"Bonded" wireless connections deliver Australia's fastest wireless NBN

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"Bonded" wireless connections deliver Australia's fastest wireless NBN

Two years after the NBN’s first mainland launch at Armidale, NSW, Fusion Broadband has announced it is delivering 40 Mbps wireless NBN speeds in Armidale.

Businesses beyond the reach of the NBN fibre rollout are set to gain access to faster wireless NBN speeds, with Fusion Broadband linking four wireless NBN connections to deliver 40 Mbps downloads.

Under the current NBN rollout plan, 93% of Australian premises are scheduled to gain access to the optic fibre network which is capable of delivering 100 Mbps download speeds. Australia's remaining premises will rely on a mix of fixed wireless and satellite connections to access the NBN.

The NBN’s "fixed" wireless connections rely on a directional antenna on the roof, delivering download speeds of 12 Mbps from a single NBN tower. This differs from Australia's new 4G LTE networks - from Telstra, Optus and Vodafone - which are designed for mobile devices which roam between towers.

While LTE delivers faster speeds, its performance fluctuates significantly depending on how many other devices are using the same mobile tower. The NBN's fixed "point-to-point" wireless connectors are more reliable because they offer dedicated bandwidth to each user, meaning speeds are more stable.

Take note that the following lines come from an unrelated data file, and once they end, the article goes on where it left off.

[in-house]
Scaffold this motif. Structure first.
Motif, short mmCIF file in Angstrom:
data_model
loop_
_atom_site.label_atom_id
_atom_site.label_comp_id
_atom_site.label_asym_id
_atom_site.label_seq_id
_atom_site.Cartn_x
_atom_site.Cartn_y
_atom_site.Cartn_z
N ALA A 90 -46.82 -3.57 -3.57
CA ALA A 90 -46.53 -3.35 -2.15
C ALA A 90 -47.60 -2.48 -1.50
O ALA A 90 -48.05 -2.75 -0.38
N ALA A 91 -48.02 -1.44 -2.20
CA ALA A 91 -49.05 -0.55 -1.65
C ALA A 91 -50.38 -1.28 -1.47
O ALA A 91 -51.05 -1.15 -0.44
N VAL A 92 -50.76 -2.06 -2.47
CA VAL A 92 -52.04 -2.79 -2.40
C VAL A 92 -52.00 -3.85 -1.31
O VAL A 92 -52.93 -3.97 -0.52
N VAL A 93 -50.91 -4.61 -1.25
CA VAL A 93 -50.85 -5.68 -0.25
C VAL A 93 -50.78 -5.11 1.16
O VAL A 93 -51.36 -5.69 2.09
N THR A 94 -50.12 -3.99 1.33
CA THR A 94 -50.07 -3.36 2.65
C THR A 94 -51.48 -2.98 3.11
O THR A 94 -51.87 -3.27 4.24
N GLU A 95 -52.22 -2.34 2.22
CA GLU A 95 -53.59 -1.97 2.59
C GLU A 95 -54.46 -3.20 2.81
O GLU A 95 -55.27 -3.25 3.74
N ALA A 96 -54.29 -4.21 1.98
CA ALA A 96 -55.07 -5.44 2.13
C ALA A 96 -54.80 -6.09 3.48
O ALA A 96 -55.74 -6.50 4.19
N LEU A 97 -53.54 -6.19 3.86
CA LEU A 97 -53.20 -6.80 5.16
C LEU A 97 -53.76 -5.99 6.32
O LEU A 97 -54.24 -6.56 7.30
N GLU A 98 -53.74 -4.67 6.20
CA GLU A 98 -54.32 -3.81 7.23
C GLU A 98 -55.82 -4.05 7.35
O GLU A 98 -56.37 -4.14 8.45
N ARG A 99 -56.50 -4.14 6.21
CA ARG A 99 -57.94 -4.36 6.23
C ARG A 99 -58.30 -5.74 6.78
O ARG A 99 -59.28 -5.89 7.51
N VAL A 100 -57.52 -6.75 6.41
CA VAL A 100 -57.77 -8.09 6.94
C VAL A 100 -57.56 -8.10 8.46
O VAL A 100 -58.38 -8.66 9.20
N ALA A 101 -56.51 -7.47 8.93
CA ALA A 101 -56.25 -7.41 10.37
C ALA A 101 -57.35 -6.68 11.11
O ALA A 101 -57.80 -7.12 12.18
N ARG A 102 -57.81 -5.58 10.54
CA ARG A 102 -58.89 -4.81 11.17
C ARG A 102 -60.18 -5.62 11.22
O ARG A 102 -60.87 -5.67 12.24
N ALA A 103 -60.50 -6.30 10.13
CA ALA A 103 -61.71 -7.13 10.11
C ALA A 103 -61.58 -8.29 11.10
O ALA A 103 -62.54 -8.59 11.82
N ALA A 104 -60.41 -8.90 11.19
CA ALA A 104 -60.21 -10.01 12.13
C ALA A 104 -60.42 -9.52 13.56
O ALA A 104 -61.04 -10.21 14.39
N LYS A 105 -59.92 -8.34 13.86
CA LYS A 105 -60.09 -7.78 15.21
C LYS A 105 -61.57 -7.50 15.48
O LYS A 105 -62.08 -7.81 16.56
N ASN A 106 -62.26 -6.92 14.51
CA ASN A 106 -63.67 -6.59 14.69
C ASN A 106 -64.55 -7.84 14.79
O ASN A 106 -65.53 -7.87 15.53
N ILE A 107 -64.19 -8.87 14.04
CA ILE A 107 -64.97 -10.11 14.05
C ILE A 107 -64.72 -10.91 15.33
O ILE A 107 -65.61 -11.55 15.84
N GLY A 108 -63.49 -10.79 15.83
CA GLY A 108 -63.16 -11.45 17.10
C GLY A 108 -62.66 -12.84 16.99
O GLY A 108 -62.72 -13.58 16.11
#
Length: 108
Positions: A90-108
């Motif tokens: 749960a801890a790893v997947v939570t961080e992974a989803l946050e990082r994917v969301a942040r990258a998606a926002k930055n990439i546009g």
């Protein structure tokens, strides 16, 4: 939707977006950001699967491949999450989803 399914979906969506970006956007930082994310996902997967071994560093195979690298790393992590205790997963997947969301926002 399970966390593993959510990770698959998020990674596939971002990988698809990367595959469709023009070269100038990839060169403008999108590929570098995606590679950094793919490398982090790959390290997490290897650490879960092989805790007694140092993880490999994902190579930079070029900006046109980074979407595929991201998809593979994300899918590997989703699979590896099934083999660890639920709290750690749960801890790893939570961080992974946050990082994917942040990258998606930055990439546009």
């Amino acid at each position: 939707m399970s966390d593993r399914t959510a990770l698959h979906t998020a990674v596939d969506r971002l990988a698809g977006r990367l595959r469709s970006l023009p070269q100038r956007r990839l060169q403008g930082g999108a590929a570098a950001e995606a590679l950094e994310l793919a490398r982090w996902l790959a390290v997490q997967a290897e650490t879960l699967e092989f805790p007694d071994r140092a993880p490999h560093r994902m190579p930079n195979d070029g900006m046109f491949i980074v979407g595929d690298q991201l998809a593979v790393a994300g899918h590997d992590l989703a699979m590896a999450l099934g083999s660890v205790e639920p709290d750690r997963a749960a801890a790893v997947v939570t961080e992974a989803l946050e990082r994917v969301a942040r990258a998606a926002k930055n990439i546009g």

Two years after the NBN’s first mainland launch at Armidale, NSW, Fusion Broadband is delivering 40 Mbps wireless NBN speeds in Armidale by "bonding" four wireless NBN connections from two different service providers.

Bonding involves treating two or more broadband links as a single connection, spreading the load between them to achieve faster download and upload speeds while increasing reliability through less dependency on a single connection.

Fusion Broadband offers bonded DSL services but has now delivered its first bonded NBN wireless service to Uniplan Group, a company that designs and constructs transportable buildings for holiday parks in Australia and New Zealand.

Fusion Broadband is not an Internet Service Provider, it simply bonds the broadband links provided by Australia's telcos. On top of what the telco charges for each broadband link, Fusion Broadband charges $85 per link per month for bonding.

NBN Co has pledged to eventually deliver 25 Mbps downloads and 5 Mbps uploads via fixed wireless, which will allow Fusion Broadband to offer 100/25 Mbps speeds to rival the fibre network, says Fusion Broadband managing director Jason Maude. 

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